What's the first thing you do in the morning? Is it make a coffee, hug your spouse or check your smartphone? I'm guessing it's the latter. After all, the average person checks their phone 85 times a day, receives just over 100 emails and spends around three hours actively using the internet - so you'd probably need to get going with all of that from your first waking moment.
I've recently joined the social-break bandwagon. This is slightly ironic, as I'm the founder of a digital marketing agency. As a self-confessed social media addict, I took myself off work, email and social media for a month. I really missed it but learnt a lot about how and why I was sharing so much.
I am fortunate enough to have 'real life' friends, from when I was growing up ('Village Friends'), school friends, university friends, college friends, work friends, friends of friends and now, since emigrating, Swedish friends. But thrown into that heady mix are online friends, online friends who have become 'real life' friends and 'real life' friends who are now just online friends.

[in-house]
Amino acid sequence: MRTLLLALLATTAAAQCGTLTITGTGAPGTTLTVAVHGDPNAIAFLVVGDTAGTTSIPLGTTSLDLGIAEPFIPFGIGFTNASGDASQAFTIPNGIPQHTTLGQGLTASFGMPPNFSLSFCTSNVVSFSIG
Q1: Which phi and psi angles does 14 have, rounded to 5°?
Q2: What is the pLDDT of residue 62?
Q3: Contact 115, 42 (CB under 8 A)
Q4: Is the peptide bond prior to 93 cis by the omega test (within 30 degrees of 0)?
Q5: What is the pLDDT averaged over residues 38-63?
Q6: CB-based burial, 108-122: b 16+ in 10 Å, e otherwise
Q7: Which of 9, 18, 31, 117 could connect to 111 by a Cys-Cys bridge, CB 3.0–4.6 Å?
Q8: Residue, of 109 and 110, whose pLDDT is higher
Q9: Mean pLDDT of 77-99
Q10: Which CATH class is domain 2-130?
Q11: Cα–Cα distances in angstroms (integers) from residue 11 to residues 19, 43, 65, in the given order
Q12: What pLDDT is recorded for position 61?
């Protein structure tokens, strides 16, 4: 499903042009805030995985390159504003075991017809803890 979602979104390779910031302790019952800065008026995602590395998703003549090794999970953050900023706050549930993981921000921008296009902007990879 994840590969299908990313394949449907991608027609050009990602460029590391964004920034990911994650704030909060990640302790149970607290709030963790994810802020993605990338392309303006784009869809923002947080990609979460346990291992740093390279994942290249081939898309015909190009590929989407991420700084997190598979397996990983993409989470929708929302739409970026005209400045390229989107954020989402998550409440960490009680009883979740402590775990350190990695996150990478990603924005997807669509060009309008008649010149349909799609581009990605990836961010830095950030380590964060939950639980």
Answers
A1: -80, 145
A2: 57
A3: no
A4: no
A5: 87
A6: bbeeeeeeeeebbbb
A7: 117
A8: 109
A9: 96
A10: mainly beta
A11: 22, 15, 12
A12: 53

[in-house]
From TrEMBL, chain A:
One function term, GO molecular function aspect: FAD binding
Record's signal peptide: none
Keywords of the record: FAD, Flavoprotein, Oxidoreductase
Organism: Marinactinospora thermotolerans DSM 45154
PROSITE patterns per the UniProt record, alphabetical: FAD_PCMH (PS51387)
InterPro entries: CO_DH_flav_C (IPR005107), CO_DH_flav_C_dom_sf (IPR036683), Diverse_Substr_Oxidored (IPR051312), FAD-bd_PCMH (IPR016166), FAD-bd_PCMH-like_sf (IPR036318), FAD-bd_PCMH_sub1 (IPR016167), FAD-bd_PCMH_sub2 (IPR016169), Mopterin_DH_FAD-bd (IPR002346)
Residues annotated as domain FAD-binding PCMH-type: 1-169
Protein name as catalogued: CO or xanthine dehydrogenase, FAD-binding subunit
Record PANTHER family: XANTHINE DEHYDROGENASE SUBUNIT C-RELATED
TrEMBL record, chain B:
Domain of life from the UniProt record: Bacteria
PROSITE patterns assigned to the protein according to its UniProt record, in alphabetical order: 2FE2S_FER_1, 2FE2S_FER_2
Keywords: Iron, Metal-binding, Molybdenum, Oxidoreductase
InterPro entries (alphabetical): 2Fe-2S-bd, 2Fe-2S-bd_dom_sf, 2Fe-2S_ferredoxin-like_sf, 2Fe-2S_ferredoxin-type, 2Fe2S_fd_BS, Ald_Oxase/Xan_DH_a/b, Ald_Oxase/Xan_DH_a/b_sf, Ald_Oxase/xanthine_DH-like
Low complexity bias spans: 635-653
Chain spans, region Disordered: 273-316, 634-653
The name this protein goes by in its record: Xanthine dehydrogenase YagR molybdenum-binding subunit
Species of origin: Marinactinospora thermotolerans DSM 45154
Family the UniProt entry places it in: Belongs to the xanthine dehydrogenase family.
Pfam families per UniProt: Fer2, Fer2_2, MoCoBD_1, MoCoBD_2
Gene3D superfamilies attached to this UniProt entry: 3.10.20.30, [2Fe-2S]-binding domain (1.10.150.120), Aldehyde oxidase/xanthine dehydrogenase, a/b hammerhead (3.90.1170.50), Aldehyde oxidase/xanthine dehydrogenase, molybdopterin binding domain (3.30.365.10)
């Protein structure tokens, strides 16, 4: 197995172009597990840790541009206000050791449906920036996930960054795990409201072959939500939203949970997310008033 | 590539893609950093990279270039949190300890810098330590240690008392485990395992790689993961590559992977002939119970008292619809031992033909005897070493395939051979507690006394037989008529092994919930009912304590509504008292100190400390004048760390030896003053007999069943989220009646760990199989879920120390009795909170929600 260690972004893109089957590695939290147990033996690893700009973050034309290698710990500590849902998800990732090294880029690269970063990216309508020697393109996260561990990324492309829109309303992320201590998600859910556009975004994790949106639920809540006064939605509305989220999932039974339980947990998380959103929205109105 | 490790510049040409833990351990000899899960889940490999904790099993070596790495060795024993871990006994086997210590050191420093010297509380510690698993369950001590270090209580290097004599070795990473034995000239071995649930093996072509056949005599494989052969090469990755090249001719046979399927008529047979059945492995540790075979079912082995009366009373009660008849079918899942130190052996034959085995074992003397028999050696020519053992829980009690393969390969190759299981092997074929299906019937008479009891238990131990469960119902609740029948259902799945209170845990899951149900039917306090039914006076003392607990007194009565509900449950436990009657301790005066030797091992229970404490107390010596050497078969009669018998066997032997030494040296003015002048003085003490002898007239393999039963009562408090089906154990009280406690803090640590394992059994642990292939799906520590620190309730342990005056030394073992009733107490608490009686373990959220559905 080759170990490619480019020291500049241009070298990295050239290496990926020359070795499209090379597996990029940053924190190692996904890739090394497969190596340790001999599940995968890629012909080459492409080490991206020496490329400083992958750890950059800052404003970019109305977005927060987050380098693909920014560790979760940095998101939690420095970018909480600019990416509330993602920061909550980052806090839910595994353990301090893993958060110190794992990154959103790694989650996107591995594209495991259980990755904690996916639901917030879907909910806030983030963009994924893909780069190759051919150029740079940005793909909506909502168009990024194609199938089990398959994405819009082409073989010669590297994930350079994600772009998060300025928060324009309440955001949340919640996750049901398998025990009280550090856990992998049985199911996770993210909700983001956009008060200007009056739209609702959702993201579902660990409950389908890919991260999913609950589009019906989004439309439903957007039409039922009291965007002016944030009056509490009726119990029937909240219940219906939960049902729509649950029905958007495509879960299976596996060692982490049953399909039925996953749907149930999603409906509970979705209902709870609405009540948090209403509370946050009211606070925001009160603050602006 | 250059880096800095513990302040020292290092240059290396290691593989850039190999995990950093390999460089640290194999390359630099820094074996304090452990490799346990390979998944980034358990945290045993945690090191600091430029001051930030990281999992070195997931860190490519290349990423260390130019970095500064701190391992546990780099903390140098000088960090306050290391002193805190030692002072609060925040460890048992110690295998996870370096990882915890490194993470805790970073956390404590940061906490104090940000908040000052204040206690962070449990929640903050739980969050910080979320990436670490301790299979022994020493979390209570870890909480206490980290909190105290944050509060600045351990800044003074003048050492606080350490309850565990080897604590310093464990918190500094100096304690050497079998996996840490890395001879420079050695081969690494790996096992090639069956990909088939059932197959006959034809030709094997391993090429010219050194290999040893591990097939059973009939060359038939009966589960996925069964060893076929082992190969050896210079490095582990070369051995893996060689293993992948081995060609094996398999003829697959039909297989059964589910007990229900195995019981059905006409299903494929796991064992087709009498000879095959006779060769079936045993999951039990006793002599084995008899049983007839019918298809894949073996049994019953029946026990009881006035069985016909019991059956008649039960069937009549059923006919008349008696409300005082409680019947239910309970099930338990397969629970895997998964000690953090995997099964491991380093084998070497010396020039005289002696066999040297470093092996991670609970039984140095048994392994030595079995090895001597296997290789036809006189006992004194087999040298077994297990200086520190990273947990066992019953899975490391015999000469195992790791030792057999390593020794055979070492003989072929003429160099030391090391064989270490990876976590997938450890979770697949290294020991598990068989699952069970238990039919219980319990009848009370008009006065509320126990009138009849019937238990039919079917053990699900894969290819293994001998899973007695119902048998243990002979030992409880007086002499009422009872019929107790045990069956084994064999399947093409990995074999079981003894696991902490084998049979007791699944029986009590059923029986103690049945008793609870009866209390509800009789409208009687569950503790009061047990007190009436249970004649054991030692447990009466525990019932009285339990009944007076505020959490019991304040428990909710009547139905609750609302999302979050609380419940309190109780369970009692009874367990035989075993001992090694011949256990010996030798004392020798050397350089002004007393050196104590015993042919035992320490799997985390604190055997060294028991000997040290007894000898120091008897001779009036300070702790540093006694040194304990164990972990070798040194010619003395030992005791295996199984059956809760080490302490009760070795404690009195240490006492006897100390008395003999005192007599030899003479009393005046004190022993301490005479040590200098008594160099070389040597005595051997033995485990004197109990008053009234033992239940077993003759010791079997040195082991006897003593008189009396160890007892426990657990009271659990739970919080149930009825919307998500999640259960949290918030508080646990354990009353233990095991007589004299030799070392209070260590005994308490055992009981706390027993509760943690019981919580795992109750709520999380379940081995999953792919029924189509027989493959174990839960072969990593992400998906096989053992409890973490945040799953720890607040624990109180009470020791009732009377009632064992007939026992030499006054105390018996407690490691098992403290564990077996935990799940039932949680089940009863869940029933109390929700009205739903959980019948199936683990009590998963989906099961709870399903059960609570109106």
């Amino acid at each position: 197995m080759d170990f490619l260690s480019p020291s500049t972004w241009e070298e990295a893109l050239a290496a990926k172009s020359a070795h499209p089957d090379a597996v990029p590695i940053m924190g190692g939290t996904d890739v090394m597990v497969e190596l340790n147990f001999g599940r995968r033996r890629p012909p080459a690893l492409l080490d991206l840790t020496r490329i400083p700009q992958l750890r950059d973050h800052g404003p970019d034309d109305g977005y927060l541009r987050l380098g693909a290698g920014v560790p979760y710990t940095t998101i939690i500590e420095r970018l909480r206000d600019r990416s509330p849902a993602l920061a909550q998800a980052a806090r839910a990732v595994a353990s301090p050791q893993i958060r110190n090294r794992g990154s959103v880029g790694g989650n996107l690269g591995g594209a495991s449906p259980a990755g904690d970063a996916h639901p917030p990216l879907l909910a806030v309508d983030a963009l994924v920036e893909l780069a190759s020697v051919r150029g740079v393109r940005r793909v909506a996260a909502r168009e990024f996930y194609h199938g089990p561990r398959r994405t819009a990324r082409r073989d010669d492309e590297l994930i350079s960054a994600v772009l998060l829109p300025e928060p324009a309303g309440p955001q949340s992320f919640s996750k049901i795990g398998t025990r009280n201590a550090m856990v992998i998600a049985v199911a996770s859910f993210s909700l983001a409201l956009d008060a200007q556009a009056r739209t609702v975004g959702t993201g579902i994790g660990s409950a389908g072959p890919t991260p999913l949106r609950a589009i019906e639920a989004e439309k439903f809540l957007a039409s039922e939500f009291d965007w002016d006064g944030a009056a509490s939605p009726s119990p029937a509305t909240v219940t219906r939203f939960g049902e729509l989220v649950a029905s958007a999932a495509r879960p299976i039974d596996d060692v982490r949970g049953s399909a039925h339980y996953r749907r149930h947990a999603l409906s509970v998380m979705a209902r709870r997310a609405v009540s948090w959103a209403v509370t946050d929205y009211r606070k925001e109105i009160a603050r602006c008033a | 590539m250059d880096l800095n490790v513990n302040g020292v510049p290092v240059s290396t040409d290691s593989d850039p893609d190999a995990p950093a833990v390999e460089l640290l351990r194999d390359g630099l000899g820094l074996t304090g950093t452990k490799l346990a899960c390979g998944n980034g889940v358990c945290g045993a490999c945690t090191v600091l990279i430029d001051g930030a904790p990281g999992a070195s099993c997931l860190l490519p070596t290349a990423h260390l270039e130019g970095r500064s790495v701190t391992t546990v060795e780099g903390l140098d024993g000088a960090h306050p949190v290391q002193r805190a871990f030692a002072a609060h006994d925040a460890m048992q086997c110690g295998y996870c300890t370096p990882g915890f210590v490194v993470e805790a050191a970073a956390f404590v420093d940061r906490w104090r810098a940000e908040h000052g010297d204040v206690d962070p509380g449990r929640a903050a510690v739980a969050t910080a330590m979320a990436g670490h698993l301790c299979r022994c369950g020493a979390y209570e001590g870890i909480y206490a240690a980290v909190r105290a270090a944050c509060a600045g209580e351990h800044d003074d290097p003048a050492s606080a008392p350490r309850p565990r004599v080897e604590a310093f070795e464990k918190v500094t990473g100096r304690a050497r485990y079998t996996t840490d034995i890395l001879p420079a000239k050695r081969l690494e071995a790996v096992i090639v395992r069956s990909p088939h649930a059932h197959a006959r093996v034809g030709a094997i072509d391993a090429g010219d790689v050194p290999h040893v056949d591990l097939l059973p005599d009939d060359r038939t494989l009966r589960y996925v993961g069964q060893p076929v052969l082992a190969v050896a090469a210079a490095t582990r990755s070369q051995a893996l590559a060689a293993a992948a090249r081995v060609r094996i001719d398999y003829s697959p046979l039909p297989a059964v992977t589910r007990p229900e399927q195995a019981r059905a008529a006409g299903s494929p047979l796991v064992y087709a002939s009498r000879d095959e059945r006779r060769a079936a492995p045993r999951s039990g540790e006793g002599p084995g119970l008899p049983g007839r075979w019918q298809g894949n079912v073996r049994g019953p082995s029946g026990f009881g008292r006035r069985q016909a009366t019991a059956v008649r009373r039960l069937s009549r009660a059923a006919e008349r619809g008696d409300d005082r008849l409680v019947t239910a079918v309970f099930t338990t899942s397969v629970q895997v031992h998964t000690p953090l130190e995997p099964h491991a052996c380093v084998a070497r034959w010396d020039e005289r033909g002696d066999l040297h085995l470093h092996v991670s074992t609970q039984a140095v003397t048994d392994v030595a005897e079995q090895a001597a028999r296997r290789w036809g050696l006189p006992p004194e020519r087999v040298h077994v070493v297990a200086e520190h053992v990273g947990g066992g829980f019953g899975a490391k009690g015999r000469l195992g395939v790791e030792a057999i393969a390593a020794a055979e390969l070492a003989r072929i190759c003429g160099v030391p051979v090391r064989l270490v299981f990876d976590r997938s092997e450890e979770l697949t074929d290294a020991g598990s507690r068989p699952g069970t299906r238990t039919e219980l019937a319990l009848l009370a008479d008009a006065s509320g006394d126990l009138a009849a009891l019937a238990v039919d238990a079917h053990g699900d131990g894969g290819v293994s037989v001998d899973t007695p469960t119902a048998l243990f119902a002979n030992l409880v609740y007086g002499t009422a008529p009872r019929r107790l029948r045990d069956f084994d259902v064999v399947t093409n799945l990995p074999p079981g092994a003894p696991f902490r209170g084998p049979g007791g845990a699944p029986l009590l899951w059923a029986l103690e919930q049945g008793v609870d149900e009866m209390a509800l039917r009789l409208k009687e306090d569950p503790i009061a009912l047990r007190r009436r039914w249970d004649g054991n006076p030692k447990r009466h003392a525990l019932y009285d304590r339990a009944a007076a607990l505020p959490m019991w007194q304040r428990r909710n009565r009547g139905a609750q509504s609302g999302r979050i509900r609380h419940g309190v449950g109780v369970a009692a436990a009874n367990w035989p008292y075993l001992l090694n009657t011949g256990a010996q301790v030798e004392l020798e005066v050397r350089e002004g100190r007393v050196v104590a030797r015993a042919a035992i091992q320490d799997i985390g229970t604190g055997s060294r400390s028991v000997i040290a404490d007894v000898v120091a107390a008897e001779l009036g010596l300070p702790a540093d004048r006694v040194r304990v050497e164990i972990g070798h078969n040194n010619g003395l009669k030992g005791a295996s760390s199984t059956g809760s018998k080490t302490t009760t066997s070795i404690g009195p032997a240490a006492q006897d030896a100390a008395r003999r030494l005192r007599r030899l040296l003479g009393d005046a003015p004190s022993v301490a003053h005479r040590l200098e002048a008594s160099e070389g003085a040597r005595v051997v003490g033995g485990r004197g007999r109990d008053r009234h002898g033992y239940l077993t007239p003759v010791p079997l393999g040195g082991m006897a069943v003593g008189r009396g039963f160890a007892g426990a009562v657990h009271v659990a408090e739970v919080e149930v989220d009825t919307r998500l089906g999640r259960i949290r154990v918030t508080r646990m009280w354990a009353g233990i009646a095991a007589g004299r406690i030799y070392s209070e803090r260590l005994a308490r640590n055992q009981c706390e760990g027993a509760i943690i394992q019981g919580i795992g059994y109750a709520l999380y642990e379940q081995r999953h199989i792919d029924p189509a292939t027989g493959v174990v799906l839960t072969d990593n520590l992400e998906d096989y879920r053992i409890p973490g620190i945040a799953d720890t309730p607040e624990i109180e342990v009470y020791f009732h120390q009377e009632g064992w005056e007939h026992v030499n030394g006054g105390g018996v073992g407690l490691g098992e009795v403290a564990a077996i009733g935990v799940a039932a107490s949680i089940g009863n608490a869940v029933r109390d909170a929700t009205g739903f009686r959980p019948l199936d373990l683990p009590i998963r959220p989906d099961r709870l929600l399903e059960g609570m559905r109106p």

They need well-meaning but absent relatives not to ply them with guilt-induced technology, and peers who don't have the latest gadgets to wave in their faces. Perhaps more controversially, or at least, realistically, parents need to be recompensed for the things that historically they have done for love.
Boredom reminds me of water that's put under pressure in a steam engine - if you open the tank slightly once in a while to release the pressure, the water will eventually all boil away, and the engine won't work. But if you keep it under pressure all the time, the steam might become so intense that it will make the engine work and the machine will start moving.
Starting this January, I slowly began to retrain my thinking. I vowed to only do one thing at a time whether that be answering my emails, walking the dogs or cooking dinner. It hasn't been easy. My phone is like an excited toddler, constantly vying for my attention with it's emails, texts, app's and its near permanent internet connection.